A natural question is, therefore, why the poor would support energy subsidies—a form of redistribution that disproportionally benefits upper income groups—in equilibrium. Or put differently, under which conditions high energy subsidies and low public social spending could occur in equilibrium? We show that high energy subsidies and low public social spending may emerge as an equilibrium outcome of a political game between the elite and the middle-class when the delivery of the public good is subject to bottlenecks, reflecting weak domestic institutions. Intuitively, the poor support that equilibrium because energy subsidies provide a small but certain benefit to consumption, whereas the delivery of public spending is subject to important leakages (e.g., in the form of corruption or lack of commitment by the politician). The elite, internalizing this, set a subsidy rate that is sub-optimally high, crowding-out public social spending, especially when the fiscal space is narrow. The model also implies that resource wealth limits the severity of the crowding-out, as the size of the pie is bigger. In addition, we show that the energy subsidy and public social spending mix could be improved endogenously if the rich have more skin in the game. This would for instance be the case if the social contract is such that energy subsidies are financed using additional income taxation or if the public good represents a worthwhile alternative to market-provided services.
Our findings have important policy implications. On the one hand, they suggest that non-resource-rich countries with a narrow fiscal space would have to move expeditiously with subsidy reform in order to relax the constraints weighting on public social spending. On the other hand, it will prove challenging to resource-rich economies to keep energy subsidies at their current high levels moving forward, in view of mounting social spending pressures, including from the youth, given the volatile nature of resource revenues. The recent sharp drop in global oil prices seems to vindicate this point. Indeed, in line with our conceptual framework and empirical findings, resource-rich countries were somewhat able to afford high energy subsidies with relatively limited crowding-out of public social spending, thanks to their large fiscal space at a time when oil prices were relatively high and on the rise. Those subsidy regimes will clearly be harder to sustain at much lower international oil prices, as existing fiscal buffers get eroded.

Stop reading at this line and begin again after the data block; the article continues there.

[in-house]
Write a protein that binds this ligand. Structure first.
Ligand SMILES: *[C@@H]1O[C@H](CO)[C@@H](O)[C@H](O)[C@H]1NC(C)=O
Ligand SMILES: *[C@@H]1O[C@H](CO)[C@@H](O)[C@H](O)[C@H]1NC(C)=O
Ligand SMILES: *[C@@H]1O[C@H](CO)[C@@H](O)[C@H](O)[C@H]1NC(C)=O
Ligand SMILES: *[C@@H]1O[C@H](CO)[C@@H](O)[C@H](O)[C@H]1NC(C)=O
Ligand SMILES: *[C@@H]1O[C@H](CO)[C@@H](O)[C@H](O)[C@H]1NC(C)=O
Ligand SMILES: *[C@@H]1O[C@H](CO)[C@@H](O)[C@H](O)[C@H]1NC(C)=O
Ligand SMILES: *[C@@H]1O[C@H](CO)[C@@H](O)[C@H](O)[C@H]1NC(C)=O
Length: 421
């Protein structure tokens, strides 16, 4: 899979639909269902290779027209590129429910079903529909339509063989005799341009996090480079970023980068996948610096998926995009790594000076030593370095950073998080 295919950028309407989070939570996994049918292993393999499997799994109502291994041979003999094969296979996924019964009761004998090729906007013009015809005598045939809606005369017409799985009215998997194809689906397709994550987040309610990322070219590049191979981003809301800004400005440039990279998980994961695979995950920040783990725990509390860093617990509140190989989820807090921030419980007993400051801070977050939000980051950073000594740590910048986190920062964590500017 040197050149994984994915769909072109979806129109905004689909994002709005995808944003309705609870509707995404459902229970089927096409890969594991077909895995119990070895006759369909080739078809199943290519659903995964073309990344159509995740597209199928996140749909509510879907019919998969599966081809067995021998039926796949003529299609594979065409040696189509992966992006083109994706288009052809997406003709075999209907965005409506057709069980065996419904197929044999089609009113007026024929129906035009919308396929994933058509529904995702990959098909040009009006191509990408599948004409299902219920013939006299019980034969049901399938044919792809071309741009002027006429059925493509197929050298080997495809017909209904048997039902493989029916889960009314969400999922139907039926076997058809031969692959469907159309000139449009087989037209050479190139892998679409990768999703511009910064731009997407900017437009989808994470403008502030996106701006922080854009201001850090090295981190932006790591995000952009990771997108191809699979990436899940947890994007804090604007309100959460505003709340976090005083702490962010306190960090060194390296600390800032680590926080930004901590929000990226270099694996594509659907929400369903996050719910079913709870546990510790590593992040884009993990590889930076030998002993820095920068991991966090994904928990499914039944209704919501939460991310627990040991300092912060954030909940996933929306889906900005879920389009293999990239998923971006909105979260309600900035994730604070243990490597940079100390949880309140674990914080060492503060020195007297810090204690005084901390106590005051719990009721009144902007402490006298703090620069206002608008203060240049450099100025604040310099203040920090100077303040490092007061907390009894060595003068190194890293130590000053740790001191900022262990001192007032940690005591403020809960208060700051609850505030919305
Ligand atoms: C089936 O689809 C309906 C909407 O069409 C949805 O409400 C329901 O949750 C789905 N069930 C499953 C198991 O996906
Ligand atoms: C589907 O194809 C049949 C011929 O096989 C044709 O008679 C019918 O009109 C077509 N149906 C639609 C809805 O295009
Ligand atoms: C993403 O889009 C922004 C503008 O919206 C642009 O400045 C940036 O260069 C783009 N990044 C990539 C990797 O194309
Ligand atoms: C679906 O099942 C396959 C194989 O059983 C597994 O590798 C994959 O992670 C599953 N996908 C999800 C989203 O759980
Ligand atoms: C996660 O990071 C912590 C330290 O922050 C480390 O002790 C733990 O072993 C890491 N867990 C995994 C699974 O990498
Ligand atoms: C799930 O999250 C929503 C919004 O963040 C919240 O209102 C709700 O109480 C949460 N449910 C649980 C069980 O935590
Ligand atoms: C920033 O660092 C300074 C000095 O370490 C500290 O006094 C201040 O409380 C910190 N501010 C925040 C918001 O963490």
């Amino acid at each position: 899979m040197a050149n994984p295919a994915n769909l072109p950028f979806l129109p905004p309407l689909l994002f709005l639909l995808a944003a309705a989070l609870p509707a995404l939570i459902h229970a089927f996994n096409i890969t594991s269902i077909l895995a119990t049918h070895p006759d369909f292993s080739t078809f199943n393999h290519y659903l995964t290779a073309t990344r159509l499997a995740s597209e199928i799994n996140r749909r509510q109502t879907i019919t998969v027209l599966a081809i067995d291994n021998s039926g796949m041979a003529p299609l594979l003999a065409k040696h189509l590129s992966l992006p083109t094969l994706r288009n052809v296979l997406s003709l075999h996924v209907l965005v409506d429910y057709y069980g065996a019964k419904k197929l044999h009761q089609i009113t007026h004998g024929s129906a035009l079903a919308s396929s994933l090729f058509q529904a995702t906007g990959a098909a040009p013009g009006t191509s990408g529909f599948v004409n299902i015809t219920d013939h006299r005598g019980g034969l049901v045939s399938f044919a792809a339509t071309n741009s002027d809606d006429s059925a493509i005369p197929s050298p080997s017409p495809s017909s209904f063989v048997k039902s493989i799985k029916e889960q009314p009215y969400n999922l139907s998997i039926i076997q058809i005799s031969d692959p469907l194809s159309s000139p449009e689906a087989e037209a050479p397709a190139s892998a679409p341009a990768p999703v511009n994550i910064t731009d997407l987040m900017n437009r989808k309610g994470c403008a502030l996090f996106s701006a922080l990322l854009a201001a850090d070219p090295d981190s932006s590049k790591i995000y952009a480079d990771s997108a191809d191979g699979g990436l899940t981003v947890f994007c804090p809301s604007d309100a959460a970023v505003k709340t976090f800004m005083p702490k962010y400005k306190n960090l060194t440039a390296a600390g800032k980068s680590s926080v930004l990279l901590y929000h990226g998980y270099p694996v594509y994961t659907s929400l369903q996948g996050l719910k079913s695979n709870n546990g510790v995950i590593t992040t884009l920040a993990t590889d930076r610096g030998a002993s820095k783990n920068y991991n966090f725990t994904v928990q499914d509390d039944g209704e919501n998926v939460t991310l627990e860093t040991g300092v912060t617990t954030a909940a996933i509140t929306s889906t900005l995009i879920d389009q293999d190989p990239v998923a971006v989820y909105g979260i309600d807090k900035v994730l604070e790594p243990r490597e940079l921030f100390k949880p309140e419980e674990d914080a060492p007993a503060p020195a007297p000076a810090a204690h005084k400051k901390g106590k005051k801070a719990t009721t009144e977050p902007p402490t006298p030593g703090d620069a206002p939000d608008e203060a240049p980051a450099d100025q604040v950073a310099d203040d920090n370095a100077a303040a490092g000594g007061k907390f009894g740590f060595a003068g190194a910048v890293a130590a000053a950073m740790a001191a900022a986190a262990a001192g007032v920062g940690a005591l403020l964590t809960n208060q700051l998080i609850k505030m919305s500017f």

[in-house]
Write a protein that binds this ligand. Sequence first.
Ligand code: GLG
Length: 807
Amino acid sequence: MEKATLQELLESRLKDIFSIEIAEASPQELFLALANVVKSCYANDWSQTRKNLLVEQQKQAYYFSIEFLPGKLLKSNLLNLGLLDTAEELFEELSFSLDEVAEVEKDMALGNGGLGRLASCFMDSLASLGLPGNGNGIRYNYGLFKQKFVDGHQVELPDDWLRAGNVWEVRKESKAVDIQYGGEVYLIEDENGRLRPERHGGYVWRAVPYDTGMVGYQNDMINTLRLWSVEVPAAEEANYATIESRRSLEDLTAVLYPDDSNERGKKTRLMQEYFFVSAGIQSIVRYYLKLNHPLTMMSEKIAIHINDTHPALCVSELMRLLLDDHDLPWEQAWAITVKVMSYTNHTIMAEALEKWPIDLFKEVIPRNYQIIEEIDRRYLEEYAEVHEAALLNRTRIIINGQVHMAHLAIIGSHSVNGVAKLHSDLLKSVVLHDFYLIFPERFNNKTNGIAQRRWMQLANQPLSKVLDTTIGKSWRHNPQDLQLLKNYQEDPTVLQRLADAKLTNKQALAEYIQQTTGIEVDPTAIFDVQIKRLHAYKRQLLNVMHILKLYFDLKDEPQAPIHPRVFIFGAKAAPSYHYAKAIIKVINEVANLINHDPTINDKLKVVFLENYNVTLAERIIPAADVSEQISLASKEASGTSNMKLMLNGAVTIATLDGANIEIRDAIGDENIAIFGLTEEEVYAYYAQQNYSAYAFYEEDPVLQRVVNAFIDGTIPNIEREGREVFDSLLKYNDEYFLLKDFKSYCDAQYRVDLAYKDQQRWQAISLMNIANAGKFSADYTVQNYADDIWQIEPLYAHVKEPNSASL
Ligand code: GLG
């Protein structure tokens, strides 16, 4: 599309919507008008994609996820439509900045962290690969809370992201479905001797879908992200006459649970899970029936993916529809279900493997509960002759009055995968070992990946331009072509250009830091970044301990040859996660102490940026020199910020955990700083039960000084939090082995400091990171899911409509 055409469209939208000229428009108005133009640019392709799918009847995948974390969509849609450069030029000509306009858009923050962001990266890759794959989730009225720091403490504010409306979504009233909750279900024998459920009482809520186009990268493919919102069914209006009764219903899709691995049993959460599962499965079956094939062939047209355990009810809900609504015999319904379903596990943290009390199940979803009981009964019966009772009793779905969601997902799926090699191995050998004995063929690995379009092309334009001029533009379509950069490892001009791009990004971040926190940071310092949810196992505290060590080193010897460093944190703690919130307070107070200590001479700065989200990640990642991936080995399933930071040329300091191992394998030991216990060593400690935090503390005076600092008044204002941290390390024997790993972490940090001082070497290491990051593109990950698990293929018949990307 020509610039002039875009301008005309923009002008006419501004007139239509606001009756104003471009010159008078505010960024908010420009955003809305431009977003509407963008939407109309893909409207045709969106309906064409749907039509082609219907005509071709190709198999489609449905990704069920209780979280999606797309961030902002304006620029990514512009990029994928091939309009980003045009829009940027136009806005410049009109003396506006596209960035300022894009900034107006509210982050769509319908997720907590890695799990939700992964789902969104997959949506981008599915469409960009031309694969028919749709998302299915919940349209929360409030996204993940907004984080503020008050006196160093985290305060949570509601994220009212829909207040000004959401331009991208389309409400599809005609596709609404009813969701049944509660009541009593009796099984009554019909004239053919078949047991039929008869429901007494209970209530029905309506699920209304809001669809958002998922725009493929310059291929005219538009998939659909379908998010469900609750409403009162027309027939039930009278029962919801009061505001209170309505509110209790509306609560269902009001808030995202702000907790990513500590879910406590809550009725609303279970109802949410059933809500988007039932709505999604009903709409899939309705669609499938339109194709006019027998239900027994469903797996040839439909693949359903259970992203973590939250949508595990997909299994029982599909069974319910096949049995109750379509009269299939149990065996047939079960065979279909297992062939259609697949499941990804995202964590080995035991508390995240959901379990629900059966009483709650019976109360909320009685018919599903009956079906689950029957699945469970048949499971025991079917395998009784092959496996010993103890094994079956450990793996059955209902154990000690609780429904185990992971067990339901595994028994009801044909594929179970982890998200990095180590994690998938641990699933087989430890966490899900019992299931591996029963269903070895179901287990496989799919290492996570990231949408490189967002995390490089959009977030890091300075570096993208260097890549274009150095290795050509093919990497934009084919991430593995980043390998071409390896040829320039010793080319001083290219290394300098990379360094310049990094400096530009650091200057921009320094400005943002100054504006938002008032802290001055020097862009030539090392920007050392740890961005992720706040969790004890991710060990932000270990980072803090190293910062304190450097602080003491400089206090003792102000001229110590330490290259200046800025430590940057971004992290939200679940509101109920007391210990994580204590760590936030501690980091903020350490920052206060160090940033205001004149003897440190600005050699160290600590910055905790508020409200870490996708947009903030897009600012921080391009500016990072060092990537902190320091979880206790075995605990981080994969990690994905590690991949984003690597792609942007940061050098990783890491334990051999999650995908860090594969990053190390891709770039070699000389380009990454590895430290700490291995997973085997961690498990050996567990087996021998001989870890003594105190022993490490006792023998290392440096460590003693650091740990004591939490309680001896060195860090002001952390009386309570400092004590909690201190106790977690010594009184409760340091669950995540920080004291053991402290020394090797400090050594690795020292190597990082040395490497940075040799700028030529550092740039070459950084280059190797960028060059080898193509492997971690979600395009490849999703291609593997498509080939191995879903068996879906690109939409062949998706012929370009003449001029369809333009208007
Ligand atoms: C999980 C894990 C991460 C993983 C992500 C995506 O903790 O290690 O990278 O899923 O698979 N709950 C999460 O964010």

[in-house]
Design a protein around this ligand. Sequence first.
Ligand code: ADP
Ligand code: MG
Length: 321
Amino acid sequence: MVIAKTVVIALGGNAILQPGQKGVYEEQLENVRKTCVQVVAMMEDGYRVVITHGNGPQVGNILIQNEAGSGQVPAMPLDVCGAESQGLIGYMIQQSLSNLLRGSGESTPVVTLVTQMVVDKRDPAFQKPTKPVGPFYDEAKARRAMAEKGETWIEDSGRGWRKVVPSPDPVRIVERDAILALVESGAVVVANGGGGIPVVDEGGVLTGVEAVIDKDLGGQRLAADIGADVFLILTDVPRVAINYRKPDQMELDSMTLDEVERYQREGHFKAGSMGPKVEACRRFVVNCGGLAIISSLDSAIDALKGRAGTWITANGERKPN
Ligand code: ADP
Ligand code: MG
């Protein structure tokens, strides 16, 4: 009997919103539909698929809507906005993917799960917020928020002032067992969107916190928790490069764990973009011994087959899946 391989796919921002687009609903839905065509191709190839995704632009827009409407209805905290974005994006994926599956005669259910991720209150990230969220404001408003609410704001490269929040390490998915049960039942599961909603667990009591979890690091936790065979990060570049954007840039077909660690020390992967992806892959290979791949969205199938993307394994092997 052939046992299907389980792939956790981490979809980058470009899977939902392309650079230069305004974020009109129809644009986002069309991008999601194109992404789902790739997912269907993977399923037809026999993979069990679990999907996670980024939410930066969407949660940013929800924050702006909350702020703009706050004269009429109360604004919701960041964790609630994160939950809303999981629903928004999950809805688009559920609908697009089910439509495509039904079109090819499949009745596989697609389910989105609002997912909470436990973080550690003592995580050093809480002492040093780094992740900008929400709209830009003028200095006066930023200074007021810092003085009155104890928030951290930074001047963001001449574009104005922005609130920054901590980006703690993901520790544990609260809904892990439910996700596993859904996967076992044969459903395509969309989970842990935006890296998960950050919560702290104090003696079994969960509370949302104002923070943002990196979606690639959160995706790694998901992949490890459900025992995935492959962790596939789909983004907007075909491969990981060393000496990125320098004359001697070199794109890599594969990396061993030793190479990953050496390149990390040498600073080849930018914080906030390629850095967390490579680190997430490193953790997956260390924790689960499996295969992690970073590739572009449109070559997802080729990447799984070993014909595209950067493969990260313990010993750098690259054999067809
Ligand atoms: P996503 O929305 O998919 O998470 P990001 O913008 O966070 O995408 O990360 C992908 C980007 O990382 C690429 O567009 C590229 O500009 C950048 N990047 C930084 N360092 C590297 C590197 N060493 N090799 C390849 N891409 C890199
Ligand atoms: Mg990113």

On the positive side, energy subsidy reform is likely to pose less political headache when global oil prices are relatively low. Governments around the world—resource-rich and non-resource-blessed alike—are therefore presented with a golden opportunity to reform energy subsidy at this juncture of high energy subsidies and low global oil prices. In that vein, depoliticizing domestic energy pricing, for instance by adopting an automatic pricing mechanism (see Coady and others, 2012), seems to be a good transition toward fully-deregulated energy prices.
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The choice of the cross-sectional econometric approach over a panel specification is motivated by three main factors: (i) the relatively short time period for which subsidies data are available (2000–11); (ii) the dominance of the between-country variation in the subsidies-to-GDP ratio over the within-country changes; and (iii) the inertia in public social spending and some of its determinants (demographics, institutions, urbanization, natural resource dependency, etc.), which implies that fixed-effects would absorb most of the variations in panel estimations.
Energy subsidies in neighboring countries are found to explain about one-quarter of the variations in subsidies across the 109 countries in our sample, and half of the variation among net oil exporters. We also find that the constraints on the executive condition the level of energy subsidies in a country.
We also control for traditional determinants of social spending such as demographics (dependency ratio, urbanization rate), macroeconomic conditions (output volatility), and the size of the government.